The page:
Salina is a medium-sized city located in the state of Kansas. With a population of 46,550 people and 11 constituent neighborhoods, Salina is the tenth largest community in Kansas.
Unlike some cities, Salina isn’t mainly white- or blue-collar. Instead, the most prevalent occupations for people in Salina are a mix of both white- and blue-collar jobs. Overall, Salina is a city of professionals, sales and office workers, and service providers. There are especially a lot of people living in Salina who work in office and administrative support (12.53%), sales jobs (8.81%), and management occupations (7.83%).
One of the benefits of Salina is that there is very little traffic. The average commute to work is 14.14 minutes, which is substantially less than the national average. Not only does this mean that the drive to work is less aggravating, but noise and pollution levels are lower as a result.
In terms of college education, Salina is somewhat better educated than the 21.84% who have a 4-year degree or higher in the typical US community: 27.31% of adults 25 and older in the city have at least a bachelor's degree.
The per capita income in Salina in 2018 was $27,745, which is upper middle income relative to Kansas, and middle income relative to the rest of the US. This equates to an annual income of $110,980 for a family of four. However, Salina contains both very wealthy and poor people as well.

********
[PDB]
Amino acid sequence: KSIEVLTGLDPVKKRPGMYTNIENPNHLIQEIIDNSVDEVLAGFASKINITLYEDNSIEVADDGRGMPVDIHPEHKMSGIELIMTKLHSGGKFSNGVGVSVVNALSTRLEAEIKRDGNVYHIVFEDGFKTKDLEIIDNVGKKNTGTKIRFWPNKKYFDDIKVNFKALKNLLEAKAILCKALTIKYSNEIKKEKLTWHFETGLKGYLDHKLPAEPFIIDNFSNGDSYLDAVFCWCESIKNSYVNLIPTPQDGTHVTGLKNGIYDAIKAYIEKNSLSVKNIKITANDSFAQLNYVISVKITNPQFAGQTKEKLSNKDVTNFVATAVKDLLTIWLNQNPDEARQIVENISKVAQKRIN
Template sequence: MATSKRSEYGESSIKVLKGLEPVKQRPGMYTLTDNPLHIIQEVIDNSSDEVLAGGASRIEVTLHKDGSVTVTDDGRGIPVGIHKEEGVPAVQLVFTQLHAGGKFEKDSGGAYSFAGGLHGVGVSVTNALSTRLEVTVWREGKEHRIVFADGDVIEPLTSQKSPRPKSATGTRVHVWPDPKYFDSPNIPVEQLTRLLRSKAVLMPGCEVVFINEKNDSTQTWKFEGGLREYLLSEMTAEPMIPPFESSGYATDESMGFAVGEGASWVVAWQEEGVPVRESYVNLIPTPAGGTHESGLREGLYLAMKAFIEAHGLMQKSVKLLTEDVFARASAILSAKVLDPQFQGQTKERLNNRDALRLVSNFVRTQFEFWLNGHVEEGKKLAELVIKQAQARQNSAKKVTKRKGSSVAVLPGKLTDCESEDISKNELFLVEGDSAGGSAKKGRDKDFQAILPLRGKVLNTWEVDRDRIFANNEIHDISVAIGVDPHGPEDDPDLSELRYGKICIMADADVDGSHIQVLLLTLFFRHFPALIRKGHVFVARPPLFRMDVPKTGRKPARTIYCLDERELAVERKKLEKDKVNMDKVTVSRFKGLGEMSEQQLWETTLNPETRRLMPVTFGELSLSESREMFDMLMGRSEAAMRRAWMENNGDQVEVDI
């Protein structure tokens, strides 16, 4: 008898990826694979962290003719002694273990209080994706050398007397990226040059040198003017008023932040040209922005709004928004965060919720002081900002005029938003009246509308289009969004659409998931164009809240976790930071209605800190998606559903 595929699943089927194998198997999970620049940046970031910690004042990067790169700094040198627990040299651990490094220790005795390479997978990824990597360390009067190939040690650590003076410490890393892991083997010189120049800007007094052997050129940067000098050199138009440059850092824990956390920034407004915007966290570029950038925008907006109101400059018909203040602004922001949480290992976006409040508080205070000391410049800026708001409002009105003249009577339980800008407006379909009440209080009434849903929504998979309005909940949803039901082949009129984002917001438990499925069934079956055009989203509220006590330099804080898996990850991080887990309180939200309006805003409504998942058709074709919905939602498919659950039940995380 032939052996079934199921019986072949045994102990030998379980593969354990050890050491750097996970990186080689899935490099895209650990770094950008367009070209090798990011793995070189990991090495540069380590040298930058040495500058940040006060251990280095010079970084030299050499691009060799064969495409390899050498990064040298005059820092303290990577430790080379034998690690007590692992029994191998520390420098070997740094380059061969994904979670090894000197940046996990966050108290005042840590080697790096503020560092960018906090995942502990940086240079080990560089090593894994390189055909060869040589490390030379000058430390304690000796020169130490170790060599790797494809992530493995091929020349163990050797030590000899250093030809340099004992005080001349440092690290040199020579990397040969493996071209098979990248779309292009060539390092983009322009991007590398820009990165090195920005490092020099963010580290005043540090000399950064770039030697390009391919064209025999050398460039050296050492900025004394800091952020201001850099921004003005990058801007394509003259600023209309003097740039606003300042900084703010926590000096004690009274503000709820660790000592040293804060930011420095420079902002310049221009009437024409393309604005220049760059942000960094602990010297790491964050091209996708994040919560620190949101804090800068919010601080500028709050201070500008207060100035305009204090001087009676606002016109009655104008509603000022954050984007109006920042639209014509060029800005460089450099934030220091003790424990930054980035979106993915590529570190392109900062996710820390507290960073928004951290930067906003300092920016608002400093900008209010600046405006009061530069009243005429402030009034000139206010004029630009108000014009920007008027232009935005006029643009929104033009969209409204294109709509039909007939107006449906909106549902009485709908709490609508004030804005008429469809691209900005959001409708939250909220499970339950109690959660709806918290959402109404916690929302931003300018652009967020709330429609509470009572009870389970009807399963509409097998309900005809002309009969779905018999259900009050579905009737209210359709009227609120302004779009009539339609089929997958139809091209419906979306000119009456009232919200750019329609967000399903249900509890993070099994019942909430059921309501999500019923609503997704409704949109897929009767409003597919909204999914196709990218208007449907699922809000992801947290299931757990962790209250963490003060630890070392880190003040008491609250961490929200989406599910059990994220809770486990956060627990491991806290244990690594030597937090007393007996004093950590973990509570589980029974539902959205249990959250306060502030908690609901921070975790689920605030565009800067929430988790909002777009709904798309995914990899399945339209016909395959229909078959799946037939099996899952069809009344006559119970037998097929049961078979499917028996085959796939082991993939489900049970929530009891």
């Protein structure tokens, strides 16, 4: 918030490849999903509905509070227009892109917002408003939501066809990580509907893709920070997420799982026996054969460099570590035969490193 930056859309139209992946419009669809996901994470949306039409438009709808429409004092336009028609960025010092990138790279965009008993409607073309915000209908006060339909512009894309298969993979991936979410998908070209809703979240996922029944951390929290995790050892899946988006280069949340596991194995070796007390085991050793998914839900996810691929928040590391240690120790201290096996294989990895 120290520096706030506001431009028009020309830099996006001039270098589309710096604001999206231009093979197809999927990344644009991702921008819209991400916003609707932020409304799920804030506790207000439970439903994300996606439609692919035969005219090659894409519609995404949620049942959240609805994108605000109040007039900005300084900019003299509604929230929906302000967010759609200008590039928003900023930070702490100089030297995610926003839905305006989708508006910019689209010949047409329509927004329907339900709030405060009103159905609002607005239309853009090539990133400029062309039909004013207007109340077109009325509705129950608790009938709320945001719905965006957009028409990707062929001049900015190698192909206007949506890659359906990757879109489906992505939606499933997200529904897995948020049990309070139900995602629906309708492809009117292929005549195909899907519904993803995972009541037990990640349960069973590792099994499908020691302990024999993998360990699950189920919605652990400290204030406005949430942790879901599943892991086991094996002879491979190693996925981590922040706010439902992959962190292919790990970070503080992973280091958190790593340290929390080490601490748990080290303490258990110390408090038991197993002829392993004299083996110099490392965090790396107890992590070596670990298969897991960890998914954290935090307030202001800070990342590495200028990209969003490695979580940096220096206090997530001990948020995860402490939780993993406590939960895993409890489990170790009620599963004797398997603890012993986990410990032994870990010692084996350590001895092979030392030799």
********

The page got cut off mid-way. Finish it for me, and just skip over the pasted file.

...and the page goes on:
Salina is a very ethnically-diverse city. The people who call Salina home describe themselves as belonging to a variety of racial and ethnic groups. The greatest number of Salina residents report their race to be White, followed by Black or African-American. Salina also has a sizeable Hispanic population (people of Hispanic origin can be of any race). People of Hispanic or Latino origin account for 12.53% of the city’s residents. Important ancestries of people in Salina include German, Irish, English, Swedish, and French.
The most common language spoken in Salina is English. Other important languages spoken here include Spanish and German/Yiddish.